“We can’t do this again,” Uncle Ned explained.  “I don’t want to spook the mamma owl too much.”

But once was enough.

I also just liked the chance for visiting Gretta and bringing her clover or bending an out-of-reach bough to her perpetually nibbling mouth.  But I could never bring myself to enjoy looking her in the eye—those weird yellow eyes with the horizontal dash of a pupil.  Horses have the same kind of pupil, but their eyes are dark brown and it is only on the rare occasion when the light hits at just the right angle—reflecting off the plane of their iris—that one sees the dilated slit.  Besides, horses could be forgiven anything—even their unfailing habit of farting just as one was currying their rump.

I’m serious.  It’s a proven law of nature, all you have to do is just touch the brush to a horse’s hindquarters and “pfffffff…”  (Fortunately it smells mostly like hay.)  Perhaps this is some involuntary response—like the dog-scratch-leg-kick thing. I personally believe they’ve been waiting, holding it, until just the moment when your nose is strategically positioned.  But then, if a bunch of pip-squeaks starting shoving little pieces of metal into my mouth and ordering me around, I’d probably develop some passive-aggressive techniques myself.  Luckily horses are pretty dumb.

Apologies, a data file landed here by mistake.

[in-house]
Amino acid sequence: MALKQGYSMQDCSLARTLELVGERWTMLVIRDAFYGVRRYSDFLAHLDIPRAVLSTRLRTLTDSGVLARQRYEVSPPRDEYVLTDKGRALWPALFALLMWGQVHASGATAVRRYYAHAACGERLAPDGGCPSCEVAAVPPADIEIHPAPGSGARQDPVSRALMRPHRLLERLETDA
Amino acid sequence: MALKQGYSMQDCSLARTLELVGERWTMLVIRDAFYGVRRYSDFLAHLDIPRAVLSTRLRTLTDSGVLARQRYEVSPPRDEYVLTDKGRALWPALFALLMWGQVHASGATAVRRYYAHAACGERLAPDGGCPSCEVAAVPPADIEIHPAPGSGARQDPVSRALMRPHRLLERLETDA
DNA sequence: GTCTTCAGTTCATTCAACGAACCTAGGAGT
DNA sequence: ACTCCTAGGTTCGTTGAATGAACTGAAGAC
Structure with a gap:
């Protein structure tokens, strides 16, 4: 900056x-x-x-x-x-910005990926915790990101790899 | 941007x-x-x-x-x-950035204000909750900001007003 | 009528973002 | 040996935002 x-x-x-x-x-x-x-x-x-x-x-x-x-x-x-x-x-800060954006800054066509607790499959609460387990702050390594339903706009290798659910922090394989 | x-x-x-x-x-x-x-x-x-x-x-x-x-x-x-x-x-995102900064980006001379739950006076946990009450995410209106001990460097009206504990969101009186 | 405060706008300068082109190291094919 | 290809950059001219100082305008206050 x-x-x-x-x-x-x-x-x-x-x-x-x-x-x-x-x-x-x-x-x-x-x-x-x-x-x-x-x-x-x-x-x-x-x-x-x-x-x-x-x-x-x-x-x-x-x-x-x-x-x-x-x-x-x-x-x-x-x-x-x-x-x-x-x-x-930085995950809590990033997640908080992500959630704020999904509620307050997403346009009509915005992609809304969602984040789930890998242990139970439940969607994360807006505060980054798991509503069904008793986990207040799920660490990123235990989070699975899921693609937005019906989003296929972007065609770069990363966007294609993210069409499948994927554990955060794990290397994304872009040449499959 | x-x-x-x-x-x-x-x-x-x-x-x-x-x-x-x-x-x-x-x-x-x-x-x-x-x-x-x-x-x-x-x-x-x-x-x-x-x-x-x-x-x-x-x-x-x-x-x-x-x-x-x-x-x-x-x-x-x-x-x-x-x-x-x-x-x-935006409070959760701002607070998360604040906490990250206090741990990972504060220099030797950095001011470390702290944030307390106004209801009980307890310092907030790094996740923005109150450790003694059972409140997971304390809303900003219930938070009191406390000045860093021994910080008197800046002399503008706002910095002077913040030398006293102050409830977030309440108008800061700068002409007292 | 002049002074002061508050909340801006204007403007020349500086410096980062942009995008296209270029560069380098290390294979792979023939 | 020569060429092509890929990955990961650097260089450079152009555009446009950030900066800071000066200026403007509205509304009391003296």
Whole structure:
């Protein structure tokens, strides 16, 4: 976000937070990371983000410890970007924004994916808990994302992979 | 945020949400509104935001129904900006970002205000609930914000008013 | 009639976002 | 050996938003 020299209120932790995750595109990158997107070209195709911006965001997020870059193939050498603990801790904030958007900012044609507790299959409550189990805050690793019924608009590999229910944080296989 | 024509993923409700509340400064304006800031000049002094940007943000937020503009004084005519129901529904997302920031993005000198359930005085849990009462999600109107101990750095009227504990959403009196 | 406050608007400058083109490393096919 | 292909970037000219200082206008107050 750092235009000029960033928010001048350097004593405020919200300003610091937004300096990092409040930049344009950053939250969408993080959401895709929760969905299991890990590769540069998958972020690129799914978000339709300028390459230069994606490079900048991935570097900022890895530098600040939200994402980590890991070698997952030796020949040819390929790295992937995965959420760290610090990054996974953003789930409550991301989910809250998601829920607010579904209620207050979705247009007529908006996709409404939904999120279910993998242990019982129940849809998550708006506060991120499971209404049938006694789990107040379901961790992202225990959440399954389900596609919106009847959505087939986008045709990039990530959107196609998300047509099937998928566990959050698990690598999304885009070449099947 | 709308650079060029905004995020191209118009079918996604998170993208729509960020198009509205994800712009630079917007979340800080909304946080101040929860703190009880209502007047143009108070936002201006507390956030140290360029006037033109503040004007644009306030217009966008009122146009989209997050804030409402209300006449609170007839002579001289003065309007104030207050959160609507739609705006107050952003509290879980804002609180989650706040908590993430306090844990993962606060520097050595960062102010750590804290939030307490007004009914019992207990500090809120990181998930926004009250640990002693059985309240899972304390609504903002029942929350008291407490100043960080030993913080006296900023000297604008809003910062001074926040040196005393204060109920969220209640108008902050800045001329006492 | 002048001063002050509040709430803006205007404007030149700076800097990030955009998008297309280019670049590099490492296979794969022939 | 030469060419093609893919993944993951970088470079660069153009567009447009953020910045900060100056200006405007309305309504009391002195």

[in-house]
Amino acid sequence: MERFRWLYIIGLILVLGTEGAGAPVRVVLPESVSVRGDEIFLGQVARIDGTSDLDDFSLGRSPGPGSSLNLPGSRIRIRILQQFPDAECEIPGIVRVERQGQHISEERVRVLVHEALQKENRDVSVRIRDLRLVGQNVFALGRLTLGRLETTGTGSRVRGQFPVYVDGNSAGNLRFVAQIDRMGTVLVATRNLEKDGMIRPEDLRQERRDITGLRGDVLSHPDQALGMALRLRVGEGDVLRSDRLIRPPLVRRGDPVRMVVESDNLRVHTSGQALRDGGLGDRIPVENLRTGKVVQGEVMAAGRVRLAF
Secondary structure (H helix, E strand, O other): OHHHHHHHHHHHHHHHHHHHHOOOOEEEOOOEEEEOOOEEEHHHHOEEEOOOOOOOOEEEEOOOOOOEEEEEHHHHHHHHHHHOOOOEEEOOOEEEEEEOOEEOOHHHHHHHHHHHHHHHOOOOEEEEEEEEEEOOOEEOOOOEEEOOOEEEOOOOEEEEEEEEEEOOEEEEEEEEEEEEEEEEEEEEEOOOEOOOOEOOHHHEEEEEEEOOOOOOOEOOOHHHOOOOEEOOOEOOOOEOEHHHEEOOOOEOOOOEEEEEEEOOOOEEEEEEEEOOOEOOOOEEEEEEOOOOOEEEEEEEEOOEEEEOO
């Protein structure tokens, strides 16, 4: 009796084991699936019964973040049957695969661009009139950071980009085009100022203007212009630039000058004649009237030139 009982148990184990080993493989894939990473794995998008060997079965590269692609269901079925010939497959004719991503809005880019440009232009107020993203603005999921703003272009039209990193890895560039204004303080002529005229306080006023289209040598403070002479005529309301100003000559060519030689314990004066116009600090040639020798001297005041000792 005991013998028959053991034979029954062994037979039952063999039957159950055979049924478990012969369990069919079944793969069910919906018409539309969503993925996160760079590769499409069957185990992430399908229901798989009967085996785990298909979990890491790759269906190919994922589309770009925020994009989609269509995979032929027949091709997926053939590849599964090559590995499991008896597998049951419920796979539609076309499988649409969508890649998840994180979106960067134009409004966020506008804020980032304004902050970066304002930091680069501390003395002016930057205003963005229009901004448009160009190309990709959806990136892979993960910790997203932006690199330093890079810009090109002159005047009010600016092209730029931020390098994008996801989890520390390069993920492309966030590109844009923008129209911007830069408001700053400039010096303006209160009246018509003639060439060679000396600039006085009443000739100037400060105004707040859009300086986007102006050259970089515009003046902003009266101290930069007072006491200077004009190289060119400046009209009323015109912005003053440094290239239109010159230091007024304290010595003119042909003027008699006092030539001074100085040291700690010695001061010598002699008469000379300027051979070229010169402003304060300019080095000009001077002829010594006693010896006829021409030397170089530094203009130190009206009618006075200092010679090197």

Yes, I’ve finally had to admit this, even to myself.  I still remember the day my Aunt Sue—Aunt Sue the sacred keeper of the flame of the Roy Rogers shrine—actually told me that dogs are smarter than horses.  Dogs!  Big, stupid, bounding, salivating, halitosis-breathing, poop-factories were actually smarter than horses?  She then heaped further offense by adding that pigs were smarter than either.  Pigs!  I vehemently denied this heresy, but deep down I knew that Aunt Sue must be right.  She had kept horses and dogs all her life, (though no pigs), so she should know.  My faith was deeply shaken.